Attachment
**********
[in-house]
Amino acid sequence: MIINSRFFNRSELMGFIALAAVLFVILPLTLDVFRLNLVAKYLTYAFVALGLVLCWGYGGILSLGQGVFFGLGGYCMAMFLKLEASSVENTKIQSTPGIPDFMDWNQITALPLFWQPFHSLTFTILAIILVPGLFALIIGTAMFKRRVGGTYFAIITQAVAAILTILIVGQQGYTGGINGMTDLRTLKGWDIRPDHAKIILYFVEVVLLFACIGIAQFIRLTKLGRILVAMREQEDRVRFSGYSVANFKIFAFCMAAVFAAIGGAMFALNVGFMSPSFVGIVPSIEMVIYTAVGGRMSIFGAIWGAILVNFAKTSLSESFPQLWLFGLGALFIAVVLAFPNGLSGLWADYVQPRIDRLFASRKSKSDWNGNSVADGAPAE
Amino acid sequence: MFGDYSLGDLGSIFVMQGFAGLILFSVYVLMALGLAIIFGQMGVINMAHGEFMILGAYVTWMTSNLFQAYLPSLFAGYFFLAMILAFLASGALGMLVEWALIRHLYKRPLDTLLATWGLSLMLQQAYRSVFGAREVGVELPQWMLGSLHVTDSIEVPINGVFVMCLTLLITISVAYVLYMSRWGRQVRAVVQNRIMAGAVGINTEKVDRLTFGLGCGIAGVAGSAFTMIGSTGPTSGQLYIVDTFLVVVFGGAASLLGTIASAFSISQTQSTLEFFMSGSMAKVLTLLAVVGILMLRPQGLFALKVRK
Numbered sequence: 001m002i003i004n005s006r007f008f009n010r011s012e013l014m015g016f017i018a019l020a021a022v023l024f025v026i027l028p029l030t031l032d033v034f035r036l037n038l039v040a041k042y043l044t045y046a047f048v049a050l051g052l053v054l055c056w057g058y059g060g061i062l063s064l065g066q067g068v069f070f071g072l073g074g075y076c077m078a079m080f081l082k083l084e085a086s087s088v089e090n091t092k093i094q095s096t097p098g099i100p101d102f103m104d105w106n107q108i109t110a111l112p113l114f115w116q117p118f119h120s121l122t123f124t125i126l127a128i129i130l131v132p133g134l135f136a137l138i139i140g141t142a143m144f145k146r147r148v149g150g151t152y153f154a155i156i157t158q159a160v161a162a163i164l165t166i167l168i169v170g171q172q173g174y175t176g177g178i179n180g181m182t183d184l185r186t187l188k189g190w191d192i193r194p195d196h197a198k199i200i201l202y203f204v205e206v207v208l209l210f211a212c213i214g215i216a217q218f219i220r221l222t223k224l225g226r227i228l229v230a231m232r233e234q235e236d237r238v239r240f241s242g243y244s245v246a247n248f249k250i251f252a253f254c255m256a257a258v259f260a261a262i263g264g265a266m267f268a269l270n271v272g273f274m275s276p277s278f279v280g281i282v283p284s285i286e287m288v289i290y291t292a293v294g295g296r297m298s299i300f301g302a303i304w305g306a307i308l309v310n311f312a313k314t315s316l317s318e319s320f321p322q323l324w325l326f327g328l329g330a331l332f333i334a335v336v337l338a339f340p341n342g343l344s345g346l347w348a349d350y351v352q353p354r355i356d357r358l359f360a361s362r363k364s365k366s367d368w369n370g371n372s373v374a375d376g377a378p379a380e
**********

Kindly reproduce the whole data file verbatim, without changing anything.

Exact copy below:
[in-house]
Amino acid sequence: MIINSRFFNRSELMGFIALAAVLFVILPLTLDVFRLNLVAKYLTYAFVALGLVLCWGYGGILSLGQGVFFGLGGYCMAMFLKLEASSVENTKIQSTPGIPDFMDWNQITALPLFWQPFHSLTFTILAIILVPGLFALIIGTAMFKRRVGGTYFAIITQAVAAILTILIVGQQGYTGGINGMTDLRTLKGWDIRPDHAKIILYFVEVVLLFACIGIAQFIRLTKLGRILVAMREQEDRVRFSGYSVANFKIFAFCMAAVFAAIGGAMFALNVGFMSPSFVGIVPSIEMVIYTAVGGRMSIFGAIWGAILVNFAKTSLSESFPQLWLFGLGALFIAVVLAFPNGLSGLWADYVQPRIDRLFASRKSKSDWNGNSVADGAPAE
Amino acid sequence: MFGDYSLGDLGSIFVMQGFAGLILFSVYVLMALGLAIIFGQMGVINMAHGEFMILGAYVTWMTSNLFQAYLPSLFAGYFFLAMILAFLASGALGMLVEWALIRHLYKRPLDTLLATWGLSLMLQQAYRSVFGAREVGVELPQWMLGSLHVTDSIEVPINGVFVMCLTLLITISVAYVLYMSRWGRQVRAVVQNRIMAGAVGINTEKVDRLTFGLGCGIAGVAGSAFTMIGSTGPTSGQLYIVDTFLVVVFGGAASLLGTIASAFSISQTQSTLEFFMSGSMAKVLTLLAVVGILMLRPQGLFALKVRK
Numbered sequence: 001m002i003i004n005s006r007f008f009n010r011s012e013l014m015g016f017i018a019l020a021a022v023l024f025v026i027l028p029l030t031l032d033v034f035r036l037n038l039v040a041k042y043l044t045y046a047f048v049a050l051g052l053v054l055c056w057g058y059g060g061i062l063s064l065g066q067g068v069f070f071g072l073g074g075y076c077m078a079m080f081l082k083l084e085a086s087s088v089e090n091t092k093i094q095s096t097p098g099i100p101d102f103m104d105w106n107q108i109t110a111l112p113l114f115w116q117p118f119h120s121l122t123f124t125i126l127a128i129i130l131v132p133g134l135f136a137l138i139i140g141t142a143m144f145k146r147r148v149g150g151t152y153f154a155i156i157t158q159a160v161a162a163i164l165t166i167l168i169v170g171q172q173g174y175t176g177g178i179n180g181m182t183d184l185r186t187l188k189g190w191d192i193r194p195d196h197a198k199i200i201l202y203f204v205e206v207v208l209l210f211a212c213i214g215i216a217q218f219i220r221l222t223k224l225g226r227i228l229v230a231m232r233e234q235e236d237r238v239r240f241s242g243y244s245v246a247n248f249k250i251f252a253f254c255m256a257a258v259f260a261a262i263g264g265a266m267f268a269l270n271v272g273f274m275s276p277s278f279v280g281i282v283p284s285i286e287m288v289i290y291t292a293v294g295g296r297m298s299i300f301g302a303i304w305g306a307i308l309v310n311f312a313k314t315s316l317s318e319s320f321p322q323l324w325l326f327g328l329g330a331l332f333i334a335v336v337l338a339f340p341n342g343l344s345g346l347w348a349d350y351v352q353p354r355i356d357r358l359f360a361s362r363k364s365k366s367d368w369n370g371n372s373v374a375d376g377a378p379a380e